The Korea Herald


Spotify Korea hopes to push personalized music discoveries

By Song Seung-hyun

Published : Feb. 16, 2021 - 17:40

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Managing Director of Spotify Korea David Park (Spotify) Managing Director of Spotify Korea David Park (Spotify)
With Spotify’s new launch into Korea, the music streaming platform hopes it can spearhead change in how Koreans listen to and discover music with more personalized curations.

In an interview with The Korea Herald, Managing Director of Spotify Korea David Park said he hopes users can find joy from discovering new music through the platform’s curating algorithm, instead of relying solely on music chart rankings.

“It’s been only a week since we launched the platform and we are already receiving some meaningful feedback,” Park said in the interview on Tuesday. “One of the users said he was glad to find a song that he used to love 10 years ago (through our recommendation).”

Park added that this kind of feedback makes him think that there is room for Spotify to grow in the highly competitive Korean music market by providing more personalized music curating services.

Currently, Kakao runs Korea’s largest music streaming platform Melon, which has a more than 35 percent share of the local market, followed by Korean platforms Genie and Flo. These three Korean music platforms account for more than 80 percent of the market here.

“Our service does not just force an abundant number of songs to users,” Park said.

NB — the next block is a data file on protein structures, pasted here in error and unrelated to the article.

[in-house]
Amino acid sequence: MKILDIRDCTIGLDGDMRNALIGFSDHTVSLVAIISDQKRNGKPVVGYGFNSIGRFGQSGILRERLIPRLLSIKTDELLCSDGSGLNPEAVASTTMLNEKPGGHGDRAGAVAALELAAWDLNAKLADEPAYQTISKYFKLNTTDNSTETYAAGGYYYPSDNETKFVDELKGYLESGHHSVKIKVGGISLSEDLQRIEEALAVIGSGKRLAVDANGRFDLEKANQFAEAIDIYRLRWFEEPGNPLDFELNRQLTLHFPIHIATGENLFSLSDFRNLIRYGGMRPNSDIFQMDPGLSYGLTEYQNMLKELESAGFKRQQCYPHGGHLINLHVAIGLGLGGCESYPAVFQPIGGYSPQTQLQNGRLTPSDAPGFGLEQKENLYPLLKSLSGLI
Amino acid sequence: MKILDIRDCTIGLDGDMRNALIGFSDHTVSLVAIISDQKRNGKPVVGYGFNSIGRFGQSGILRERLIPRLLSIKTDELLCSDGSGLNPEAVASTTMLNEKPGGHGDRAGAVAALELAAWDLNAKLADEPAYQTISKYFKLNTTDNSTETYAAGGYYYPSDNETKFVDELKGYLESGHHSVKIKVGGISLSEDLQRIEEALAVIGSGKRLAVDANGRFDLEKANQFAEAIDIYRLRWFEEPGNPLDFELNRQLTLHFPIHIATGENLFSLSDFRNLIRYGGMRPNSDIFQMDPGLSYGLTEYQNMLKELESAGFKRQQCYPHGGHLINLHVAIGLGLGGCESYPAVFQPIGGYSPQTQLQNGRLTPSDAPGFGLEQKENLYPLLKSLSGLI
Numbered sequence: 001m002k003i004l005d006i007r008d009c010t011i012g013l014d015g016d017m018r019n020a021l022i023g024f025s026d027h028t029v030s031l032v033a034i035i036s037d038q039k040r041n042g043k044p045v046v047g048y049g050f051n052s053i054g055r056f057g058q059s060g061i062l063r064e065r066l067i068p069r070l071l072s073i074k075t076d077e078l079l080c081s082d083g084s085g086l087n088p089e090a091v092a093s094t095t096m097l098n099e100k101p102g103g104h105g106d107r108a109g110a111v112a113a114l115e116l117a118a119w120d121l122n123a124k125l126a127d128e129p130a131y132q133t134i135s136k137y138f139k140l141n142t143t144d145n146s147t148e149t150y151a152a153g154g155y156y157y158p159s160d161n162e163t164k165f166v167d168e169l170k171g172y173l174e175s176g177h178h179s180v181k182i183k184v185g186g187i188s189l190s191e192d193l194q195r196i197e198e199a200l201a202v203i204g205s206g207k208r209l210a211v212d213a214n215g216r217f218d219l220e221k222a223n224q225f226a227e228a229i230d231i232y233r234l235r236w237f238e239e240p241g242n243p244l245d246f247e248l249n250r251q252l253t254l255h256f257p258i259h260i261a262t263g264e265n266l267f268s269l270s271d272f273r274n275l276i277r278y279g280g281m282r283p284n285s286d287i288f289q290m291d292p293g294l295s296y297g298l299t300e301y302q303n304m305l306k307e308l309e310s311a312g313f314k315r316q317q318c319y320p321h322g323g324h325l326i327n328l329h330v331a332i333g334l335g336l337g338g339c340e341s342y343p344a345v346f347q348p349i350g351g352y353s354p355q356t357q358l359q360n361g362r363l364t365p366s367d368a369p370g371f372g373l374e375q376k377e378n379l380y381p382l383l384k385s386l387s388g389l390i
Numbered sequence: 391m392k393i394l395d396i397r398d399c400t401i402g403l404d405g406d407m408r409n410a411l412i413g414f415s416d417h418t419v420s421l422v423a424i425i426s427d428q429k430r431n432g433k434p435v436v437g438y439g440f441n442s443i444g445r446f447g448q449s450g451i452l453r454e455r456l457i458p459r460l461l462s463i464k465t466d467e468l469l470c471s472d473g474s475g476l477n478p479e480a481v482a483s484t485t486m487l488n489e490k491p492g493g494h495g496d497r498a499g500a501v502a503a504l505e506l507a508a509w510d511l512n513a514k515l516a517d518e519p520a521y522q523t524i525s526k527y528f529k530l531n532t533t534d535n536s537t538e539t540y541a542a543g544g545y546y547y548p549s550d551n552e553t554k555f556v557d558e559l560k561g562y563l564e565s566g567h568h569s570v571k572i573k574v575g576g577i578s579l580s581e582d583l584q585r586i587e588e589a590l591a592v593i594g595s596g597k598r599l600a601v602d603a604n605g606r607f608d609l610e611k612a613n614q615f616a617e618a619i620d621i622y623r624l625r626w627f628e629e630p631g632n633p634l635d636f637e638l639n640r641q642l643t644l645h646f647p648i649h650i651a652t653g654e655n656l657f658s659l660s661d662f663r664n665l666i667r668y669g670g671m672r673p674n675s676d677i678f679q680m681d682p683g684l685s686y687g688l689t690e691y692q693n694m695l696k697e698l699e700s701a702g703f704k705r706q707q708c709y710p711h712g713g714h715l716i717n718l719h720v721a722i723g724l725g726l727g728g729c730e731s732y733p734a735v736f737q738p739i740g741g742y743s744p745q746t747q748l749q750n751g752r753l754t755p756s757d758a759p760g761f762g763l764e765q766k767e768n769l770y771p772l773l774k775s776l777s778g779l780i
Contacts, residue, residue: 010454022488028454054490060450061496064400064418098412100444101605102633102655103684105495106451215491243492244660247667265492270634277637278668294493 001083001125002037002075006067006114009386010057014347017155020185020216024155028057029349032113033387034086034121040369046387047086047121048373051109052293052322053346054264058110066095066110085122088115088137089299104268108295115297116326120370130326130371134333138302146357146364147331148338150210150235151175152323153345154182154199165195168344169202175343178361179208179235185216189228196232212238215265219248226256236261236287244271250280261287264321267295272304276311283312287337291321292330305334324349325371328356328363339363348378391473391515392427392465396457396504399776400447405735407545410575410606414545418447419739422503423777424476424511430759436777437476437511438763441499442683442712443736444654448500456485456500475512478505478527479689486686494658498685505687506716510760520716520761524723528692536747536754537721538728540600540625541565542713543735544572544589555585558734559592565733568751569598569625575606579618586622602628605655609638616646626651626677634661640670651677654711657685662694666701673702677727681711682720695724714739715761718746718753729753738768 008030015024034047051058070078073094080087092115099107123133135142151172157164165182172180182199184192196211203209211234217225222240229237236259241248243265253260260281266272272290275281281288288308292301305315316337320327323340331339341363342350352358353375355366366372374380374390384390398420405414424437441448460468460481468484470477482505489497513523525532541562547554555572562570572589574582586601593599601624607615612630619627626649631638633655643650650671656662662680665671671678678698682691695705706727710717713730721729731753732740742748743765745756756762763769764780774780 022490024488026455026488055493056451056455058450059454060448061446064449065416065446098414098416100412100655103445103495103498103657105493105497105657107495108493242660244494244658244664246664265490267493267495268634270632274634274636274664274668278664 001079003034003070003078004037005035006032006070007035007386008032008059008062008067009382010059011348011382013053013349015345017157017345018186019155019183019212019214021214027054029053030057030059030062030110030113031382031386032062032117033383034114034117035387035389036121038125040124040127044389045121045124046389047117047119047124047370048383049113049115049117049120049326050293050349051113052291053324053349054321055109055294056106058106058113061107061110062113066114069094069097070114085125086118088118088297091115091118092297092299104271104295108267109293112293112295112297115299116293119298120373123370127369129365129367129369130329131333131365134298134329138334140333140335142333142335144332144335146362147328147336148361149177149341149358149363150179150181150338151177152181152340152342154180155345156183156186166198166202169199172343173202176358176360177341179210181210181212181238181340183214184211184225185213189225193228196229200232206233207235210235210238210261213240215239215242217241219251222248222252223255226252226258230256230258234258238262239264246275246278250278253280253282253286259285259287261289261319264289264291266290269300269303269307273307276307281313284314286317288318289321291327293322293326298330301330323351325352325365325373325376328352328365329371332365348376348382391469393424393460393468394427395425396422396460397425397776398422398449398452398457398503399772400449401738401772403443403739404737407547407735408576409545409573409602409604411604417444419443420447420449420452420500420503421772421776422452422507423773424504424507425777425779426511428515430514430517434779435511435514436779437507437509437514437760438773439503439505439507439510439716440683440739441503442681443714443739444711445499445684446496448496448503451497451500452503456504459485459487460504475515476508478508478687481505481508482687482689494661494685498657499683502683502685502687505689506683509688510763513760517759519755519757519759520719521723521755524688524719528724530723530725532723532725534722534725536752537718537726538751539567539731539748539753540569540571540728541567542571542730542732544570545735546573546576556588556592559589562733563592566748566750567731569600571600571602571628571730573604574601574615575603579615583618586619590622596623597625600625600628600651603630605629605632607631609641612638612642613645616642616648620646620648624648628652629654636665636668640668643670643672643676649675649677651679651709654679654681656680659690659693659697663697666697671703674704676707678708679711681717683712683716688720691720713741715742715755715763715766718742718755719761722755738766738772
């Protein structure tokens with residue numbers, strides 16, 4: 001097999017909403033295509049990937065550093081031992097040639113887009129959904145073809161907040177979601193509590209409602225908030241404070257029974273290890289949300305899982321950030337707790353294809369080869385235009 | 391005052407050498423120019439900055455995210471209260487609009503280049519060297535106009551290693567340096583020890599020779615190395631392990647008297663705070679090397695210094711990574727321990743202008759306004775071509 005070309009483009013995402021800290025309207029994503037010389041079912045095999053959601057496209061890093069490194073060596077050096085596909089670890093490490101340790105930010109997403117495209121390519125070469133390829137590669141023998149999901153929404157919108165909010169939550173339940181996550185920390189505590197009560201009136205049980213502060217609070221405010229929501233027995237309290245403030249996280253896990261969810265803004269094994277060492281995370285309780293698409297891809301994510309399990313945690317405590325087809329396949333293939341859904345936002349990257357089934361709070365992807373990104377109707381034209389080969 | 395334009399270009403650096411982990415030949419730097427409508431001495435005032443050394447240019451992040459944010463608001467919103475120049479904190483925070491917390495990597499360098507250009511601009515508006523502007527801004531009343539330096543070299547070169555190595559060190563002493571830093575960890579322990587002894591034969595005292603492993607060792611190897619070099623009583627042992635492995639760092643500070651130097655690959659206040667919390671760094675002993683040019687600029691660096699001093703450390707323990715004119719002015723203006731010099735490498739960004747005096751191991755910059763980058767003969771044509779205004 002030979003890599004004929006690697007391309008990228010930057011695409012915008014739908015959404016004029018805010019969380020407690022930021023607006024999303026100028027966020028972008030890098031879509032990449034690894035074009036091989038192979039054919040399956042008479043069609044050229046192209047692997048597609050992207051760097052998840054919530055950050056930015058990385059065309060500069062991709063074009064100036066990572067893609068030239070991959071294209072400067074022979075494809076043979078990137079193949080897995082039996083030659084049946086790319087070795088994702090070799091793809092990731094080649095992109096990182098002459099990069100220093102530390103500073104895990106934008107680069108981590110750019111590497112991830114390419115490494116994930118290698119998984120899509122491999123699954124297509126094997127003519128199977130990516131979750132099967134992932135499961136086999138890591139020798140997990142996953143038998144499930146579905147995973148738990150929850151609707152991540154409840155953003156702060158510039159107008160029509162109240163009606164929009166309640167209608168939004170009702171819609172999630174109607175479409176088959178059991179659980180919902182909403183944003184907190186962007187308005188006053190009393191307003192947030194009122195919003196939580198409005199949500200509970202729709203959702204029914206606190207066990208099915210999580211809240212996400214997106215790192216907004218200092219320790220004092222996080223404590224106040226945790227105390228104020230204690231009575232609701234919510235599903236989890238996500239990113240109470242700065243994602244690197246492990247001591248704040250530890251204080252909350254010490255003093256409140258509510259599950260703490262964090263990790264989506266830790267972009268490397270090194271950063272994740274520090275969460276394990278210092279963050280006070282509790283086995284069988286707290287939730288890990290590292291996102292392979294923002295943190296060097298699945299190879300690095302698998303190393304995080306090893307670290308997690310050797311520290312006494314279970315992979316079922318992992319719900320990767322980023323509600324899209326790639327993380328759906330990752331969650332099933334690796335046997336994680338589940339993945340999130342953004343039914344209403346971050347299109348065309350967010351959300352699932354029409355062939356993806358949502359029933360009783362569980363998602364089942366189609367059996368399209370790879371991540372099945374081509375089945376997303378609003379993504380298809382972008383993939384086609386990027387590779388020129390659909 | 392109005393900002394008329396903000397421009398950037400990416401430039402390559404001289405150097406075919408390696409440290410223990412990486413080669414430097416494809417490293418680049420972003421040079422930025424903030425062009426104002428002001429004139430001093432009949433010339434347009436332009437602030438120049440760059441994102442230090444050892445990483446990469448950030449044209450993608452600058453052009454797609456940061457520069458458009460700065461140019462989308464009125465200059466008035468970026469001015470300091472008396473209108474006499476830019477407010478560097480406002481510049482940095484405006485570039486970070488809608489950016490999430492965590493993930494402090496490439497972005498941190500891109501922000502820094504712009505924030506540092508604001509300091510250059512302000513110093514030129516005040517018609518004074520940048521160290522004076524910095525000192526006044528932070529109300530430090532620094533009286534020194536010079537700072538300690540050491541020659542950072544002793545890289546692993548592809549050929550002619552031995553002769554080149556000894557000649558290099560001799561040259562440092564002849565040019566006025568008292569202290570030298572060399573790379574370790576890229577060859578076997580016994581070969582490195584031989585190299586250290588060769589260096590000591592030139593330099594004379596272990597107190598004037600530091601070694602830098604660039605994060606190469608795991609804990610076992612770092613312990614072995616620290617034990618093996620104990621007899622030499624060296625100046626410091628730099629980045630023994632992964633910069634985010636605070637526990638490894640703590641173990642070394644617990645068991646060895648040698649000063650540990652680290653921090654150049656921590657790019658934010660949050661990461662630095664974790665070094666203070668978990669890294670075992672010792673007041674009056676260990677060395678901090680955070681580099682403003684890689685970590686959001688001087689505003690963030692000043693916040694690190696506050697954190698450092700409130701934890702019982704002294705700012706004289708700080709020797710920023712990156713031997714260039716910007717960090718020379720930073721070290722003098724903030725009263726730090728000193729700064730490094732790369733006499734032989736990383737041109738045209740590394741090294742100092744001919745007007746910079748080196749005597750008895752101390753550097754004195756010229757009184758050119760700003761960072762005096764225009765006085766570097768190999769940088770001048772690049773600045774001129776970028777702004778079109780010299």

Park explained that since the system presents different playlists, which are sets of songs that have a common theme or are fit for a certain occasion, such as “K-Power Vocals” or “Acoustic Throwbacks,” which differs from the experience of listening to songs one at a time separately.
Korean hip-hop group Epik High’s 10th album is promoted in New York City‘s Times Square in January. (Epik High member Tablo’s Instagram) Korean hip-hop group Epik High’s 10th album is promoted in New York City‘s Times Square in January. (Epik High member Tablo’s Instagram)

“Our users can have a continuous listening experience,” Park said. He added that this experience is also one of the platform’s strengths that makes its listeners stay on the platform longer.

Park said while he is well aware of the fact that Korean music listeners and artists tend to depend on music charts and rankings, he stressed that Spotify is hoping to grow the local music industry pie, rather than divide it.

“We see that those music charts reflect hard work that the artists put in and the fans’ support, so it is also important. Songs on charts should be appreciated,” Park said. “Nonetheless, users also need personalized service as well.“

Park sees that this service is important for the Korean market in creating an environment in which the listeners can consume diverse new tracks.

The personalized service is also one of the reasons why he’s able to spend hours on the platform.